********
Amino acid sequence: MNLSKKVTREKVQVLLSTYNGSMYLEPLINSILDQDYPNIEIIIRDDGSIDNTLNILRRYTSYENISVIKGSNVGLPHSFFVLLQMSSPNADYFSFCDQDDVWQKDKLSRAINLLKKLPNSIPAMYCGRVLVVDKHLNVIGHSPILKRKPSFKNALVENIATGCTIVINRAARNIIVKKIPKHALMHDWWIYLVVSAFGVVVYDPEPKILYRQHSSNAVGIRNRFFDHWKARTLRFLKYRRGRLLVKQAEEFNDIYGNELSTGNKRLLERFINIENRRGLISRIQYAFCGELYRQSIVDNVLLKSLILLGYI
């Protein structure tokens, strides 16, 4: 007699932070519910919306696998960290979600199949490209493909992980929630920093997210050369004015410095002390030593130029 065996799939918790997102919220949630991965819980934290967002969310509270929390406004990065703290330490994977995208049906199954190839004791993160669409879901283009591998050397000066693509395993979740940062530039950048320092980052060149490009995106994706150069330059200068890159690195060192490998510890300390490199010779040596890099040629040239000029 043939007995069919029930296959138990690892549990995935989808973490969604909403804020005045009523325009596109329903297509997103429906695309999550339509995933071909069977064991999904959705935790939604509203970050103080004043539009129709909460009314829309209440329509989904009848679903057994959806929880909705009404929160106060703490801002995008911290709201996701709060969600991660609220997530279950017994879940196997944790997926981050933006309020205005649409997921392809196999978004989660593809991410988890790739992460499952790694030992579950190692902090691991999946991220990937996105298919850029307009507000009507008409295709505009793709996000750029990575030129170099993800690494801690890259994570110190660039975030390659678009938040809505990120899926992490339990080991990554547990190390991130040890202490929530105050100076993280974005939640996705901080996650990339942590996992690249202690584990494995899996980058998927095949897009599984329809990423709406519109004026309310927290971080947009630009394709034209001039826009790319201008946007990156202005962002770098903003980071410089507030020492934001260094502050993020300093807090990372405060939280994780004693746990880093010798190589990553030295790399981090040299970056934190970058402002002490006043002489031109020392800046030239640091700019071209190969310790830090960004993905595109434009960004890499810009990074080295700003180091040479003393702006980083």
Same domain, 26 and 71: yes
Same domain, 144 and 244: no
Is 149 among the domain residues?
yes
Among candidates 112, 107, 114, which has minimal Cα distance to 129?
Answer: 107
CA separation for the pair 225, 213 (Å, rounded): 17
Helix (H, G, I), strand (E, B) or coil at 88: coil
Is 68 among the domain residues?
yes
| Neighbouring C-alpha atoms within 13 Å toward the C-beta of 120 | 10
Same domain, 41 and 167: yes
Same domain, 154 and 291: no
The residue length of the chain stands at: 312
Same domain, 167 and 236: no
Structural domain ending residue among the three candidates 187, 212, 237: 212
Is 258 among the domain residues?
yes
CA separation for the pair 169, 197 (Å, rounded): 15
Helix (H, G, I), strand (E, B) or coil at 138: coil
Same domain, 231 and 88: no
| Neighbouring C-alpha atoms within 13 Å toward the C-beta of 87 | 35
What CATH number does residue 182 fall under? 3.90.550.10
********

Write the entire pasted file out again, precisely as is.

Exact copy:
Amino acid sequence: MNLSKKVTREKVQVLLSTYNGSMYLEPLINSILDQDYPNIEIIIRDDGSIDNTLNILRRYTSYENISVIKGSNVGLPHSFFVLLQMSSPNADYFSFCDQDDVWQKDKLSRAINLLKKLPNSIPAMYCGRVLVVDKHLNVIGHSPILKRKPSFKNALVENIATGCTIVINRAARNIIVKKIPKHALMHDWWIYLVVSAFGVVVYDPEPKILYRQHSSNAVGIRNRFFDHWKARTLRFLKYRRGRLLVKQAEEFNDIYGNELSTGNKRLLERFINIENRRGLISRIQYAFCGELYRQSIVDNVLLKSLILLGYI
């Protein structure tokens, strides 16, 4: 007699932070519910919306696998960290979600199949490209493909992980929630920093997210050369004015410095002390030593130029 065996799939918790997102919220949630991965819980934290967002969310509270929390406004990065703290330490994977995208049906199954190839004791993160669409879901283009591998050397000066693509395993979740940062530039950048320092980052060149490009995106994706150069330059200068890159690195060192490998510890300390490199010779040596890099040629040239000029 043939007995069919029930296959138990690892549990995935989808973490969604909403804020005045009523325009596109329903297509997103429906695309999550339509995933071909069977064991999904959705935790939604509203970050103080004043539009129709909460009314829309209440329509989904009848679903057994959806929880909705009404929160106060703490801002995008911290709201996701709060969600991660609220997530279950017994879940196997944790997926981050933006309020205005649409997921392809196999978004989660593809991410988890790739992460499952790694030992579950190692902090691991999946991220990937996105298919850029307009507000009507008409295709505009793709996000750029990575030129170099993800690494801690890259994570110190660039975030390659678009938040809505990120899926992490339990080991990554547990190390991130040890202490929530105050100076993280974005939640996705901080996650990339942590996992690249202690584990494995899996980058998927095949897009599984329809990423709406519109004026309310927290971080947009630009394709034209001039826009790319201008946007990156202005962002770098903003980071410089507030020492934001260094502050993020300093807090990372405060939280994780004693746990880093010798190589990553030295790399981090040299970056934190970058402002002490006043002489031109020392800046030239640091700019071209190969310790830090960004993905595109434009960004890499810009990074080295700003180091040479003393702006980083």
Same domain, 26 and 71: yes
Same domain, 144 and 244: no
Is 149 among the domain residues?
yes
Among candidates 112, 107, 114, which has minimal Cα distance to 129?
Answer: 107
CA separation for the pair 225, 213 (Å, rounded): 17
Helix (H, G, I), strand (E, B) or coil at 88: coil
Is 68 among the domain residues?
yes
| Neighbouring C-alpha atoms within 13 Å toward the C-beta of 120 | 10
Same domain, 41 and 167: yes
Same domain, 154 and 291: no
The residue length of the chain stands at: 312
Same domain, 167 and 236: no
Structural domain ending residue among the three candidates 187, 212, 237: 212
Is 258 among the domain residues?
yes
CA separation for the pair 169, 197 (Å, rounded): 15
Helix (H, G, I), strand (E, B) or coil at 138: coil
Same domain, 231 and 88: no
| Neighbouring C-alpha atoms within 13 Å toward the C-beta of 87 | 35
What CATH number does residue 182 fall under? 3.90.550.10